Long ago in The Lowvelder

MBOMBELA – As much as things change they tend to remain the same, the saying goes. Not many portray the being of a community at a certain point in time better than its local newspaper. Over the next few weeks we will page through an edition of what was then The Lowvelder/Die Laevelder of 1962. This was 54 years ago. For many of us, a lifetime.

Very similar to today, 1962 was a turbulent time in South Africa. Severing all ties with the British Commonwealth, a republic was called out the previous year. In January 1962 a much younger Nelson Mandela left the country for military training abroad with Umkhonto we Sizwe. Upon his return in August that year, he was arrested by the South African Police.

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In the same year, The United Nations began with sanctions to isolate South Africa politically and economically, and towards December the American human rights activist Martin Luther King, together with the ANC leader Chief Albert Luthuli, launched a Human Rights Campaign in which they appealed for “Action against Apartheid”.

The front page of Die Laevelder of Augusts 30, 1962 painted a totally different picture. The lead story was about a successful soil conservation conference held in Nelspruit.

That weekly edition was the first after the annual Orange Blossom Festival. The front page carried a photo of Miss Orange Blossom and her princesses after being crowned at a gala function in the city hall the previous Saturday.

Part of the festivities was a spectacular air show at the local airfield with another front-page photograph to match. These were all taken by H Strassberger, a local photographer who was often credited in The Lowvelder during the 1960s.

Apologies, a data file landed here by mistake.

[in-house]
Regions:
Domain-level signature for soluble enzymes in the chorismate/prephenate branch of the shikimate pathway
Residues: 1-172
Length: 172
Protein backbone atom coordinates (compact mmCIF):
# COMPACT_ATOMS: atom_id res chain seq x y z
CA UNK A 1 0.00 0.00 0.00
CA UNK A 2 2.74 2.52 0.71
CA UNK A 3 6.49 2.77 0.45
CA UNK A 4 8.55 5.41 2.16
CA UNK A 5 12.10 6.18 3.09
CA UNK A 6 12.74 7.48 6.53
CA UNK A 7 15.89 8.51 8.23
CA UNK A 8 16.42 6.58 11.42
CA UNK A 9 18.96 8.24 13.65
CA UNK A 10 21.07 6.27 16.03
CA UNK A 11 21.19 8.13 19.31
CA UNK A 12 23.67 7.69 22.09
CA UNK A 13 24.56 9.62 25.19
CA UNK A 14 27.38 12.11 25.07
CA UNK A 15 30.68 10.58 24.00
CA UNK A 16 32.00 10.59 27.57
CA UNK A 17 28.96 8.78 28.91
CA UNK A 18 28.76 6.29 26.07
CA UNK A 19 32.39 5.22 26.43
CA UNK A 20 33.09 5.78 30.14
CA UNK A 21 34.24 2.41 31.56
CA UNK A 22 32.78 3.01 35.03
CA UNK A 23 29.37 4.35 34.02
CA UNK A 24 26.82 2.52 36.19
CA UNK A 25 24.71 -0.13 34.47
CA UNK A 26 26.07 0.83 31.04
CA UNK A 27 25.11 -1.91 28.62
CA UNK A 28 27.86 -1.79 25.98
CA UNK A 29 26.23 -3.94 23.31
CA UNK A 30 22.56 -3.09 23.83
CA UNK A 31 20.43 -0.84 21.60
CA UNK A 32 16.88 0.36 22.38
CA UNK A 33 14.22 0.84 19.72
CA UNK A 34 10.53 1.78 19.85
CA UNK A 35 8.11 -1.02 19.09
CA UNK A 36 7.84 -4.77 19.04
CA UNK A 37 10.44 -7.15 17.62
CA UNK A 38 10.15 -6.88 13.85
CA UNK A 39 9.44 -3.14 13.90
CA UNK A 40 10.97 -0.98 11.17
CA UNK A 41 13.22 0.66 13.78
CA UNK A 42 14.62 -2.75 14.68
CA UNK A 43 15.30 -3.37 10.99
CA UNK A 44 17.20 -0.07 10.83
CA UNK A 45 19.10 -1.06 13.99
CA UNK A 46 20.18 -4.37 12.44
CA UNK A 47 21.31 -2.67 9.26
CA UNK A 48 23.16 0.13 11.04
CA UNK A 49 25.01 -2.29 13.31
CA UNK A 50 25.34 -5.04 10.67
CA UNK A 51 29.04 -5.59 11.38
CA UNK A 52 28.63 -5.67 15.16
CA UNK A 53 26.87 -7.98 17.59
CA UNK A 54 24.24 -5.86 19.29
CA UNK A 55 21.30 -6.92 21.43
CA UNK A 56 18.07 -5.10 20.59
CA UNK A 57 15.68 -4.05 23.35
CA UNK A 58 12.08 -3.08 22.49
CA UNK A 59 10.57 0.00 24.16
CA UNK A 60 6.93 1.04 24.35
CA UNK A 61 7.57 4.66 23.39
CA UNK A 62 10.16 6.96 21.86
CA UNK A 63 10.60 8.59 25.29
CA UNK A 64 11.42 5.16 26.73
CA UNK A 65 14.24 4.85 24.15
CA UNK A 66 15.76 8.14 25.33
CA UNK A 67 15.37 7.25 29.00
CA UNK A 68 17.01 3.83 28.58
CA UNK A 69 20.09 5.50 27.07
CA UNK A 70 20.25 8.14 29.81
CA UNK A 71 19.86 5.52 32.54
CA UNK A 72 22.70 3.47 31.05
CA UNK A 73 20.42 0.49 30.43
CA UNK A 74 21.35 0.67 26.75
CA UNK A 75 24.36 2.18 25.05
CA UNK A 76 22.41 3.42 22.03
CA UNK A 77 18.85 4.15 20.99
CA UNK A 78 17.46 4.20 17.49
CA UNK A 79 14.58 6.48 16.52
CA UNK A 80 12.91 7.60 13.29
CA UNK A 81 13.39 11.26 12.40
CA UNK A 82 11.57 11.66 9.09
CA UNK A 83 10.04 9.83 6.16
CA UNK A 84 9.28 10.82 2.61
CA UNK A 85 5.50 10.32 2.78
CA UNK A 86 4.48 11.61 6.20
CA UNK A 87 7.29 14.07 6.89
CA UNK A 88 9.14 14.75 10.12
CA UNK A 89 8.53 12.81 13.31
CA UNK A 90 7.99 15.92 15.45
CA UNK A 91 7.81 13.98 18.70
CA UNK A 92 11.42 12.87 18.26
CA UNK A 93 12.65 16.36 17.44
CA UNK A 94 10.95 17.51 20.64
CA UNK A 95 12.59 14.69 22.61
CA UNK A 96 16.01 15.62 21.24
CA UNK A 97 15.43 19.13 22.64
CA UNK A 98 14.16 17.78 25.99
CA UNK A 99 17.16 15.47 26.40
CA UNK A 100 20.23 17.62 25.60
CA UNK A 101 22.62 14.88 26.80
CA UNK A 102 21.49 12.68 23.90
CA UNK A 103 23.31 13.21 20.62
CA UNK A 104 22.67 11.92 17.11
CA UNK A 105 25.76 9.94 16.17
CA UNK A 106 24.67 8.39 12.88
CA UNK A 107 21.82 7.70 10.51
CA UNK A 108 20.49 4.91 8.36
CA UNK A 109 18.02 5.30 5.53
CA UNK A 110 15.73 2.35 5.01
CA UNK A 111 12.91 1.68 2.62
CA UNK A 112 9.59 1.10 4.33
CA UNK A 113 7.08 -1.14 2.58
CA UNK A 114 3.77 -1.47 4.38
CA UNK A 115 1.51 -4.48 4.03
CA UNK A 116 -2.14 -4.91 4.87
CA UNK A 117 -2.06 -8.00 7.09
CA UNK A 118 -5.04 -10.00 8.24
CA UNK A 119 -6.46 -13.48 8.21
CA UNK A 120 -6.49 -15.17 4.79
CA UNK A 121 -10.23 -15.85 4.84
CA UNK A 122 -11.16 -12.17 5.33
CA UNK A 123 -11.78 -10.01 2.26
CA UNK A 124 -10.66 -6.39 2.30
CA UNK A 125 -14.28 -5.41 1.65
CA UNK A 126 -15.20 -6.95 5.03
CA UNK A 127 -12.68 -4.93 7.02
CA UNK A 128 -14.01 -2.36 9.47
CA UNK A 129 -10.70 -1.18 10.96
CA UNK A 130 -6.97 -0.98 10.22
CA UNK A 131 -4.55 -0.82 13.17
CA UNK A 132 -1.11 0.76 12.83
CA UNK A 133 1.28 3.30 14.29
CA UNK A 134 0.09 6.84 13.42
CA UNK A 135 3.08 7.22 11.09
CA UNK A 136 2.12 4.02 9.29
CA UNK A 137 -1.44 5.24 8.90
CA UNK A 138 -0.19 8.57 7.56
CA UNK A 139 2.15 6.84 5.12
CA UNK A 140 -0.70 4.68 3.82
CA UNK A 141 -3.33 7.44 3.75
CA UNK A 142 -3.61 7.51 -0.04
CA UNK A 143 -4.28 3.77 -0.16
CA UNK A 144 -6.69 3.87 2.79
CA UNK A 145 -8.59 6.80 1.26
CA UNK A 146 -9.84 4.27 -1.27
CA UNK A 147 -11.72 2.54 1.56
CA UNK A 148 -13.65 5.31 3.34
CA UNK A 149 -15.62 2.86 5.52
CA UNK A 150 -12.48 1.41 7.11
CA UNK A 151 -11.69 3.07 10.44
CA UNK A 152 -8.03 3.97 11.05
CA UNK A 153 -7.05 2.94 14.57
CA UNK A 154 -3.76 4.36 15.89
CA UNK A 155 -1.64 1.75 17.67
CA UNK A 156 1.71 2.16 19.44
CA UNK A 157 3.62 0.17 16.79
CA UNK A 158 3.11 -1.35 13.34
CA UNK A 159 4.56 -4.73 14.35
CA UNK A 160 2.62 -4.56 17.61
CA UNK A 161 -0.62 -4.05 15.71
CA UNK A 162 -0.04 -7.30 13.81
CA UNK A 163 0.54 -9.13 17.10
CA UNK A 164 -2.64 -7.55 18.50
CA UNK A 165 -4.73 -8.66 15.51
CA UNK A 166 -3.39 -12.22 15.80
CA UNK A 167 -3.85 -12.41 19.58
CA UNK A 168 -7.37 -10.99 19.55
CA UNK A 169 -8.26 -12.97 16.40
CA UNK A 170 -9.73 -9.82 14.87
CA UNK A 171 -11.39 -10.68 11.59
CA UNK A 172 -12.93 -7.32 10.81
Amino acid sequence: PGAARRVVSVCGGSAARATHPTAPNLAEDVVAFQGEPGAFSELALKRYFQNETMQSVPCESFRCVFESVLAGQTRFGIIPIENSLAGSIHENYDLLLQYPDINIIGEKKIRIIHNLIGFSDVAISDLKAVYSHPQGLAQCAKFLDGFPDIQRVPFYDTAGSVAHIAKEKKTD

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The layout of the newspaper was much different than today. The front page was graced with quite a few community announcements and news snippets. Among those, in the edition of August 30, was a report on an elephant causing havoc in the Boulders area and a successful show of the Lowveld Garden Club at Kiepersol.

A man was killed when a truck carrying a generator overturned on the Nelspruit Road to Kaapmuiden, and a film society was formed for the Lowveld with its first meeting at the old Planters Club on the Yaverland Road on The Ridge outside White River.

It also reported about two men: Jerry Sibiya was sentenced to 14 years and five cuts with a cane for robbery, and his accomplice Jaoma Mnisi was sentenced to 12 year and five cuts.

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In addition to that, Judge de Vos presiding in Nelspruit at the time, sent both men to the gallows on an additional guilty verdict for rape. The two were found guilty for attacking an elderly couple near Sabie. The judge praised the police for their good work.

Also on the front page Stanley Motors, the Hillman agents in Nelspruit, offered
some deals for used cars standing on its floor down in Paul Kruger, close to the railway line.



Marius Bakkes

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